Also, perhaps the best interview ever was the one I didn't have. Late August, very hot, four boys jump off a bridge into the outlet to the Delaware River, only three come out. It's obvious the fourth is dead, but they can't find the body. I'm covering it. I drive there and see where the news media is told to stand, but this is my territory, I see the police chief and walk right up to him. We walk together over the bridge (really pissing off the other media) on one side and I see the parents sitting on the curb on the other side of the road. I get all the info I can from the police chief, and he leaves me standing on the curb across the bridge from the parents. I'm thinking I have an exclusive, hand fed to me by the police chief, and I walk over to ask the parents questions. But I stop at the yellow line (symbolic, I know) thinking this is really intrusive, I know what kind of answers I'm going to get, all tears, all emotion, and all great stuff for this kind of article. You see the same thing on TV news when the 'journalist' shoves a microphone into a mother's face who's just be told her kid was killed or kidnapped. Very intrusive, very insensitive, very raw, and very real. People hate to see that, and yet love to see it. I stood there several minutes: Do I get the exclusive, do I shove my 'microphone' in their raw emotions for the sake of the article? For the sake of the exclusive? It's a very big rush, a very big high, and until you're at that moment there's no way you know what you'll do. It's a big temptation, I mean BIG. But once you do it, you've crossed that line forever. I turned and walked away. To this day, there's a part of me that regrets not crossing over that yellow line.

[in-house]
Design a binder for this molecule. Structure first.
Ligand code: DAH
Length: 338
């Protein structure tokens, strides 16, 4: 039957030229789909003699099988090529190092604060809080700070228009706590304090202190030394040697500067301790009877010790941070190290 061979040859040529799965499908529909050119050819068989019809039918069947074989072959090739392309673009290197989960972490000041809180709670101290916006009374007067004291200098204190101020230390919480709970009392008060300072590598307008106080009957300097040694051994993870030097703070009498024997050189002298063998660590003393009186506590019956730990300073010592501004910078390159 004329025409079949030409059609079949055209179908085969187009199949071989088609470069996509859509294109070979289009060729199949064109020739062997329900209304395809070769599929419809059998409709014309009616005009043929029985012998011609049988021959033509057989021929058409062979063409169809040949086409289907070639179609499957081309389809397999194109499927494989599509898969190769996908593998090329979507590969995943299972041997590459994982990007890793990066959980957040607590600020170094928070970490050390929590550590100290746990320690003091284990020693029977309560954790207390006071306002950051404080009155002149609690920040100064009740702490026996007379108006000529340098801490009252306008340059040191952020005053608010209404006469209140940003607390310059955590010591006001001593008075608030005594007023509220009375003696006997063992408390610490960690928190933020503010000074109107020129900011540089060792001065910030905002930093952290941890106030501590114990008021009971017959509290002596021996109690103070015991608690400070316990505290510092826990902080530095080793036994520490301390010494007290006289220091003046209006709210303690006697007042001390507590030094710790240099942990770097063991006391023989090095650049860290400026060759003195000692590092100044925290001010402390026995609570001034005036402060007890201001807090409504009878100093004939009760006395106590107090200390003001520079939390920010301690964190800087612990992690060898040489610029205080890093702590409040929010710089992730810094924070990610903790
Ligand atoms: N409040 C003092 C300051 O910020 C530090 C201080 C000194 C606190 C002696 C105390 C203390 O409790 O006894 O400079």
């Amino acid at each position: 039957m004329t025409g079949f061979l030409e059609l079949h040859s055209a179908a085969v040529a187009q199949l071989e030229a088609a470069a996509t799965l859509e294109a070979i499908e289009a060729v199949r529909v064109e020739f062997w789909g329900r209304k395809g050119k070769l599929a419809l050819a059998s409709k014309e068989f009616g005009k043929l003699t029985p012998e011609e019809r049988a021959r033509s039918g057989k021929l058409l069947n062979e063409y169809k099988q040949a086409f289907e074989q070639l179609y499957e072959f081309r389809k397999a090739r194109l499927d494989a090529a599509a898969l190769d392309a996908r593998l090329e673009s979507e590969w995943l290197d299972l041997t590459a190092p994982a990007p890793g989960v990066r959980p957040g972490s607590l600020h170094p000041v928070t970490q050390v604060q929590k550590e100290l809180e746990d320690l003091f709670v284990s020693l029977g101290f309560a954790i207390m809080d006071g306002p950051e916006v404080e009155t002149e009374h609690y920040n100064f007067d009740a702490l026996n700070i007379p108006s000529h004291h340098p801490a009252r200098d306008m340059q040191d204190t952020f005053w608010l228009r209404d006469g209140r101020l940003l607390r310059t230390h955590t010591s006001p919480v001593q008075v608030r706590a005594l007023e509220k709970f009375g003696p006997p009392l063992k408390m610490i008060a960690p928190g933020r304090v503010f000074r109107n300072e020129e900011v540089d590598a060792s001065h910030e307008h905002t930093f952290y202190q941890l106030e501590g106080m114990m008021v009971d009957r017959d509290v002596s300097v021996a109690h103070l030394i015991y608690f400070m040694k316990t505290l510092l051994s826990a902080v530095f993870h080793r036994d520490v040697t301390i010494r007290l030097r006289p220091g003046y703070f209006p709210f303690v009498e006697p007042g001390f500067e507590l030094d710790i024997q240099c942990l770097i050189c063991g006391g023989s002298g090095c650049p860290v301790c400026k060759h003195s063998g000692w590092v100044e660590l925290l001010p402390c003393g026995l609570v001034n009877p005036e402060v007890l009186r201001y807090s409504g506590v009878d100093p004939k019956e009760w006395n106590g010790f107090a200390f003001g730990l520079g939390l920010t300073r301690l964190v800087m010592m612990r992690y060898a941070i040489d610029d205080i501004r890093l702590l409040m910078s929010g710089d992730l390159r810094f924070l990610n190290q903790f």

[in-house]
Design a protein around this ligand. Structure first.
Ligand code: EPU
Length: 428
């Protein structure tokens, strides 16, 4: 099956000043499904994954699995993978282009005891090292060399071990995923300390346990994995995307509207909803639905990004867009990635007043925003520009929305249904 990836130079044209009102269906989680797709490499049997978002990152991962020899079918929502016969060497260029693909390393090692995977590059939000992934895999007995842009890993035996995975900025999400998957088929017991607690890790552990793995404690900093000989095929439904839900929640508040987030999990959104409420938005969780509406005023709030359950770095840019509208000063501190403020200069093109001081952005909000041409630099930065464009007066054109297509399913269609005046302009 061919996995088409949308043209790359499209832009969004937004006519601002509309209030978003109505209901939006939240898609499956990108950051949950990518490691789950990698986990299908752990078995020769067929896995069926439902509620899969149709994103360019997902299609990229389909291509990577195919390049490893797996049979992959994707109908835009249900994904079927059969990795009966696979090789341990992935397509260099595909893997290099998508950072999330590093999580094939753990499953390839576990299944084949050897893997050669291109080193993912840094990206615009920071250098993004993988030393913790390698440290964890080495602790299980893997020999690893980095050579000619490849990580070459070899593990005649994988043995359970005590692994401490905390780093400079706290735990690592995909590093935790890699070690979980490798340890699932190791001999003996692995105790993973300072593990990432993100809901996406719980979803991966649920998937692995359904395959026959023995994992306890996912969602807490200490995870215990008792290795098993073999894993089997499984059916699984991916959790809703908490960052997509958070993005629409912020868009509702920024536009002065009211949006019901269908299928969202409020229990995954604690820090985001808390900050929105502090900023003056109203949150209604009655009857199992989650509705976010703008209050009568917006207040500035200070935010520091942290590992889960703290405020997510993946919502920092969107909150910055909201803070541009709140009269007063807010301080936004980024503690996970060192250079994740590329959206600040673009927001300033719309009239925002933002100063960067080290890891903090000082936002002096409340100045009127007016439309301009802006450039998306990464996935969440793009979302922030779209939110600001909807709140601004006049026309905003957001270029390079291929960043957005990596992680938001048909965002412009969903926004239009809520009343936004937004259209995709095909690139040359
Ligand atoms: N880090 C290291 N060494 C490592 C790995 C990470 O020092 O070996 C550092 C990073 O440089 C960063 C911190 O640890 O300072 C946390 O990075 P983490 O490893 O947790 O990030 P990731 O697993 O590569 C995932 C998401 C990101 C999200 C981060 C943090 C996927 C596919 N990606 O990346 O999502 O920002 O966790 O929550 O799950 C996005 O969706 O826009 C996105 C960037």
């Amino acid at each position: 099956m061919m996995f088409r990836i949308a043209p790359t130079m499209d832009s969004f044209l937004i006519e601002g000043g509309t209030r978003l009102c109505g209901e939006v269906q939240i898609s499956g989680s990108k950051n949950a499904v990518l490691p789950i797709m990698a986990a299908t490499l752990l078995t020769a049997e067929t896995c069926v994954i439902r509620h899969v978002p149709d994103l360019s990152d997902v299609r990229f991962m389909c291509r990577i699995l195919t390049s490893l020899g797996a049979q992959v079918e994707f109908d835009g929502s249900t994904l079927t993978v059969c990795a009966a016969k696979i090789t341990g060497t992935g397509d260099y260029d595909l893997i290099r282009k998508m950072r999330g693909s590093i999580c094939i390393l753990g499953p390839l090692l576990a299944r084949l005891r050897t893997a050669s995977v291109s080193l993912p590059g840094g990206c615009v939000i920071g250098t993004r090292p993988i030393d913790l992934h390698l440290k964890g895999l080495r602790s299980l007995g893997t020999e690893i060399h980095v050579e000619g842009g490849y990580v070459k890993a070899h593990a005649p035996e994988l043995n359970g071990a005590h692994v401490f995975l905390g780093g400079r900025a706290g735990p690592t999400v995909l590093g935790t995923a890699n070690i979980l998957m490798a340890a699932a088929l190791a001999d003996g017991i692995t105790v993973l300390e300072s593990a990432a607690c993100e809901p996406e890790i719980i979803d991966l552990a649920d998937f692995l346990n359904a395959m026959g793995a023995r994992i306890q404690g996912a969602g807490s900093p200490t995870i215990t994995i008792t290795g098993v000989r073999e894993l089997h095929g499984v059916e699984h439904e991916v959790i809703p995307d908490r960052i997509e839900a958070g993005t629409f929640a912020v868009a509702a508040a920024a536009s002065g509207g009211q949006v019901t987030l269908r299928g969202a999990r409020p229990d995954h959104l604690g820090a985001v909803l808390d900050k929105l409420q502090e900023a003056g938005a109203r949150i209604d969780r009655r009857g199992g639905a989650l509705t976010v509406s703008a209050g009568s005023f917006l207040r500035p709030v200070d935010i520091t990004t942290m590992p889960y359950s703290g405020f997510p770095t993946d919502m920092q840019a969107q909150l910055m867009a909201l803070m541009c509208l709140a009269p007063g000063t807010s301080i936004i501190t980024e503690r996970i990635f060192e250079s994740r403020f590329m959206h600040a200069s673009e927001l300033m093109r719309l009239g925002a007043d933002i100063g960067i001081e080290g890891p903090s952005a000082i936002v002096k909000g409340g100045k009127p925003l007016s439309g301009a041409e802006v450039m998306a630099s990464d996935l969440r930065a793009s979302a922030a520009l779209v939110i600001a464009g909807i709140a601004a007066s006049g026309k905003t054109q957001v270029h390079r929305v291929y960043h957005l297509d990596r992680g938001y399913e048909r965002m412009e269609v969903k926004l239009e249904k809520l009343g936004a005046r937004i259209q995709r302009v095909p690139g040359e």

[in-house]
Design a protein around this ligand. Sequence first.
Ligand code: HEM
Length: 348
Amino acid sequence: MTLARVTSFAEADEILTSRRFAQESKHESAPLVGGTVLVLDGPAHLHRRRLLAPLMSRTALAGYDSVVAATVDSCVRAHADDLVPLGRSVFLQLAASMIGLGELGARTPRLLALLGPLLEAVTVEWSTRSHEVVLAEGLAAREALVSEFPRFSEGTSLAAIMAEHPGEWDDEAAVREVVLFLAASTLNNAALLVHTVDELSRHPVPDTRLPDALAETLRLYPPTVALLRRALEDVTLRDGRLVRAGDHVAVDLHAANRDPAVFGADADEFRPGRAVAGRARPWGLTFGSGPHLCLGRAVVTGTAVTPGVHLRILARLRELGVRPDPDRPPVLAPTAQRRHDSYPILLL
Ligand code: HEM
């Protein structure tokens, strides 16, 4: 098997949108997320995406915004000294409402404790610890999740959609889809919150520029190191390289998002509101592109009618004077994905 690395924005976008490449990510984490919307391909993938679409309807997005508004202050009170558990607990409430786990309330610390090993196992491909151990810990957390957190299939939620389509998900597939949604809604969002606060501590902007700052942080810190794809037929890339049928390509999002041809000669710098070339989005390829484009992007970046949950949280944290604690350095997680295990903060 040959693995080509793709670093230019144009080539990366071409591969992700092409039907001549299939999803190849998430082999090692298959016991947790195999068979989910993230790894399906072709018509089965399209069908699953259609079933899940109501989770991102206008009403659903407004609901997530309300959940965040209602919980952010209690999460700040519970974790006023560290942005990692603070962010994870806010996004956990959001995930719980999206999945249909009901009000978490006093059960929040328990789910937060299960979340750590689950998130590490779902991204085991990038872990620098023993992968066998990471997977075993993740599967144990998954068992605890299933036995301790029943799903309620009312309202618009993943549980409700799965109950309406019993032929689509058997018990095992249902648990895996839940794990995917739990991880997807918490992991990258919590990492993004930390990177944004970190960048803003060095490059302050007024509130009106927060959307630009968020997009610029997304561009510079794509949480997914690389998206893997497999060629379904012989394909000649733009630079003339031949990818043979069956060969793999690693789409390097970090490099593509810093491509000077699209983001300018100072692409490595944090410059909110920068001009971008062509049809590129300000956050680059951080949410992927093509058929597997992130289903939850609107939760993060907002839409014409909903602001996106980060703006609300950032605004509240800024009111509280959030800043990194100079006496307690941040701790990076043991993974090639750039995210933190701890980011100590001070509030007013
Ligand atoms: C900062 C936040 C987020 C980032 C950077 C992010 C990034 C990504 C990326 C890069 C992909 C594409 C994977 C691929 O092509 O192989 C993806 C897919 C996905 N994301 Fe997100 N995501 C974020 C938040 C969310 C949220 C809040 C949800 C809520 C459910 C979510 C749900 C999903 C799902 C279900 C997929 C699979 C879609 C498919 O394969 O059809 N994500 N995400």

VIKTOR: Which leads do you prefer in your stories, hard or soft? Why?

TOM: That depends on the article, which isn't a flippant answer. The article dictates the lead, and sometimes how you want to present the information. And the same article may work both ways. But even the best piece won't get the reader's attention unless you hook them with a good lead.

VIKTOR: Do you think citizen journalism helps or hinders professional journalism? Why?